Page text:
In the final novel, Dostoevsky right in the title brings two elements, brotherhood and Karamazovshchina, to a "confrontation", which can be understood as expressions of horizons of expectations. The writer paid a lot of attention to brotherhood in early journalism, but he did not have any recipes for developing this ideal form of relationship at that time. In "The Brothers Karamazov", the writer is looking for an artistic solution to the problem. He tries to distinguish between "fraternal" instincts in the monastic environment, which according to formal signs (the postulates of Christianity) is intended to be a breeding ground for brotherhood. However, even among monasticism, the writer discovers and exposes the lack of brotherhood and the signs of Karamazovshchina.
Using the example of the main characters of the novel, the author discovers in their mental life the correlation between brotherhood andKaramazovshchina, when one affects the other on the background of and at the expense of it. Even the most obvious exponent of Karamazov principles, the father of the family, Fyodor Pavlovich, cannot get rid of respect for fraternal instincts and craving for them. To varying degrees, this is characteristic of the rest, both the main and secondary characters of the novel.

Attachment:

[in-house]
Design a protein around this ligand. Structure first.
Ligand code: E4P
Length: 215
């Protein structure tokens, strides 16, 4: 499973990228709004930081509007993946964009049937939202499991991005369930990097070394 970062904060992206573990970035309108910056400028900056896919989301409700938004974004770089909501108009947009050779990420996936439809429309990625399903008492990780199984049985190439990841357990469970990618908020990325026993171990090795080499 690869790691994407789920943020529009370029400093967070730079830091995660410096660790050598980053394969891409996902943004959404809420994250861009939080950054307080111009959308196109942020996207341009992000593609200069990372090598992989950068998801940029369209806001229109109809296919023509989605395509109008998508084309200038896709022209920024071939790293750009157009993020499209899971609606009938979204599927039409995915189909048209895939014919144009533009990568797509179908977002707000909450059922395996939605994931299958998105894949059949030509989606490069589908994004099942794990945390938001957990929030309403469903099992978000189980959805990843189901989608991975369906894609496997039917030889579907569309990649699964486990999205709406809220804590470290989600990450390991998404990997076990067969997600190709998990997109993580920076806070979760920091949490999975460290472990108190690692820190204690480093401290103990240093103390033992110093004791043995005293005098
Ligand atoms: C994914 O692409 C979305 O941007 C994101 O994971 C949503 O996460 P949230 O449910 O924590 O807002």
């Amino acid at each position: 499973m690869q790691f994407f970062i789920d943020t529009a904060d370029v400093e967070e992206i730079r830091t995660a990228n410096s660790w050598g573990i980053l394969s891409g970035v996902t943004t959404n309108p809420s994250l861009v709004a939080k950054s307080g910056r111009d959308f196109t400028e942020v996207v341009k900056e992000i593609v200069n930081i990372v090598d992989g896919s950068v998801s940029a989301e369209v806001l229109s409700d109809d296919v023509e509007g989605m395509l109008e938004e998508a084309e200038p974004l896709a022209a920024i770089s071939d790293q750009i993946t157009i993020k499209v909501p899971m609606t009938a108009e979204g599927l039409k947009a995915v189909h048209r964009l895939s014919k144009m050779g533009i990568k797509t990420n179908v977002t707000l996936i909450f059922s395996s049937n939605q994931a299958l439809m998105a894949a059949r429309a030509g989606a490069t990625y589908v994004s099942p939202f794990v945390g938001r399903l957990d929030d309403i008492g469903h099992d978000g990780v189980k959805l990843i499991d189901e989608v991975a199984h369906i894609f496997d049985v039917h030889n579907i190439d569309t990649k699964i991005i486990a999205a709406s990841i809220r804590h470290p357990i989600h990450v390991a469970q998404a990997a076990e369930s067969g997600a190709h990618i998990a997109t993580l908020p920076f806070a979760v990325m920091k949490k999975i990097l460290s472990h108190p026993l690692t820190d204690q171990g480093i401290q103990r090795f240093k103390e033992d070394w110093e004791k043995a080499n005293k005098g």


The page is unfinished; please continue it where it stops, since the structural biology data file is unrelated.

The reconstruction of Dostoevsky's main idea of this novel leads us to the following conclusion. The coexistence of brotherhood and Karamazovshchina is possible only in a dynamic balance, when one is not able to completely overcome the other in order to remain "pure" itself. In the struggle of these natural instincts, a changing and multifaceted spiritual life is revealed. In the light of this, the semantic connection between the title of the novel and the epigraph to it is revealed: brotherhood is a grain that, dying in Karamazovshchina, gives "a lot of fruit".
Horizons of expectations, monastic environment, dynamic balance, spiritual element, system of images, author's solutions.